The report uses social return on investment analysis to quantify the social value created by British Gas Energy Trust. In alignment with the Trust’s aim to enhance the wellbeing of its beneficiaries, Oxford Economics used a wellbeing-centric approach to quantify its social value. 

The research draws on survey and administrative data collected on behalf of the Trust, as well as a range of secondary sources to measure the wellbeing impact of its programmes. To convert these wellbeing impacts into monetary equivalents, the report uses a recognised methodology.

Oxford Economics also assessed the wider economic impact of improvements in individuals’ wellbeing, which consisted of exchequer gains from NHS savings, increased income tax and national insurance contributions.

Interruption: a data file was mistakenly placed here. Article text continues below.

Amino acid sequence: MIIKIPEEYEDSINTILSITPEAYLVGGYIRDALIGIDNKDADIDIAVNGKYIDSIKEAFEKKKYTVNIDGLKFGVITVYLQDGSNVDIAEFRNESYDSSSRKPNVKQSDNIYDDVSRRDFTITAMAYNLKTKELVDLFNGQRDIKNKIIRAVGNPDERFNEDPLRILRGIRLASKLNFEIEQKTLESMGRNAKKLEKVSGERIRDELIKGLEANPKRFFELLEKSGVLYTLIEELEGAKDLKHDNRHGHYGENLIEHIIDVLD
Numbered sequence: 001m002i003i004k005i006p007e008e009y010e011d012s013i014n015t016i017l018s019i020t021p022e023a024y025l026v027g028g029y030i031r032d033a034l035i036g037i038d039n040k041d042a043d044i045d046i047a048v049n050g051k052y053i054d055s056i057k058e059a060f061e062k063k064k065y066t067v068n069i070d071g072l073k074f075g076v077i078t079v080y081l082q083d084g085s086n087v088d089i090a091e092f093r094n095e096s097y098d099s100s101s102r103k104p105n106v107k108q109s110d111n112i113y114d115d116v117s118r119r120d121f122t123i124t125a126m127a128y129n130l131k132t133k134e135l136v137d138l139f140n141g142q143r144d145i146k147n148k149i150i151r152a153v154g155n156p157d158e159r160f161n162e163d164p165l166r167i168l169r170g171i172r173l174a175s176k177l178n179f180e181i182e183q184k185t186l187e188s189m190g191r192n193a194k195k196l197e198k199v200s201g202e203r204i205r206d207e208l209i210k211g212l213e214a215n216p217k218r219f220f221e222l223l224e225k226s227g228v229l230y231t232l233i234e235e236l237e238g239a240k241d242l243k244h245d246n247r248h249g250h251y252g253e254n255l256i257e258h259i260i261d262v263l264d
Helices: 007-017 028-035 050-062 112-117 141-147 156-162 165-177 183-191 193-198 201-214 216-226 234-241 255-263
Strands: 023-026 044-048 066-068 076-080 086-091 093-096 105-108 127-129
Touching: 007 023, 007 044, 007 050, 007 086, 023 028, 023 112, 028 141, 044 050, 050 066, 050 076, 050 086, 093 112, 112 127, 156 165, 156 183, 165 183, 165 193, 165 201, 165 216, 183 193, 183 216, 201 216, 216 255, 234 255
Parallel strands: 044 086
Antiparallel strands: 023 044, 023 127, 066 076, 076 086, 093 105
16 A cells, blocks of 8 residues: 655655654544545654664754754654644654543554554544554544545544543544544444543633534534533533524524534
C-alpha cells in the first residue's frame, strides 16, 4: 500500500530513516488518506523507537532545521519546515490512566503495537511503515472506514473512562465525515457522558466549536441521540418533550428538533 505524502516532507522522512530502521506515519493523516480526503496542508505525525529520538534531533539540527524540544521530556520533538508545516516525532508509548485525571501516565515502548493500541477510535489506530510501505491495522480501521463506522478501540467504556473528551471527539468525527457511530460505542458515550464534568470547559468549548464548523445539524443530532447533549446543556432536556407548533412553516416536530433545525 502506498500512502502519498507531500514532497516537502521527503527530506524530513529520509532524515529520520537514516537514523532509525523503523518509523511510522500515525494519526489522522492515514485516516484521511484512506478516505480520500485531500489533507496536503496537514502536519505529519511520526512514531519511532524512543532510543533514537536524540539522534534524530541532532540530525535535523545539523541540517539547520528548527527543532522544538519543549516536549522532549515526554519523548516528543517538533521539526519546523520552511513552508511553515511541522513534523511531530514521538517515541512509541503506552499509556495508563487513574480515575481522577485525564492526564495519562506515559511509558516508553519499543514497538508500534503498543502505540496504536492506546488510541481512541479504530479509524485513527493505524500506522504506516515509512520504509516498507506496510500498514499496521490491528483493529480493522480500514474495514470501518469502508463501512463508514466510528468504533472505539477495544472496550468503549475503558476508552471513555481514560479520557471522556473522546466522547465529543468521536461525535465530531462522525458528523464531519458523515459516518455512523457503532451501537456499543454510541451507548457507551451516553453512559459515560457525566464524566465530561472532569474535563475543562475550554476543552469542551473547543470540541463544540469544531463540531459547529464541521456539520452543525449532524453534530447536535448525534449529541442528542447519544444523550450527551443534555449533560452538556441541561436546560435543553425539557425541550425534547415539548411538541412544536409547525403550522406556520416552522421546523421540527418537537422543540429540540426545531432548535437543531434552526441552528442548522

About British Gas Energy Trust

The British Gas Energy Trust is a Charitable Trust established in 2004 and independent from, but solely funded by, British Gas. Its mission is to alleviate the detrimental impact of poverty, with a focus on fuel poverty. Support is delivered through three programmes: debt relief grants which can help households with up to £2,000 in fuel debt; a small grants programme that provides emergency energy vouchers and payments; and a programme that funds over 40 money and energy advice projects throughout Britain.

About Oxford Economics 

Oxford Economics was founded in 1981 as a commercial venture with Oxford University’s business college to provide economic forecasting and modelling to UK companies and financial institutions expanding abroad. Since then, we have become one of the world’s foremost independent global advisory firms, providing reports, forecasts, and analytical tools on more than 200 countries, 100 industries, and 8,000 cities and regions. Our best-in-class global economic and industry models and analytical tools give us an unparalleled ability to forecast external market trends and assess their economic, social, and business impact.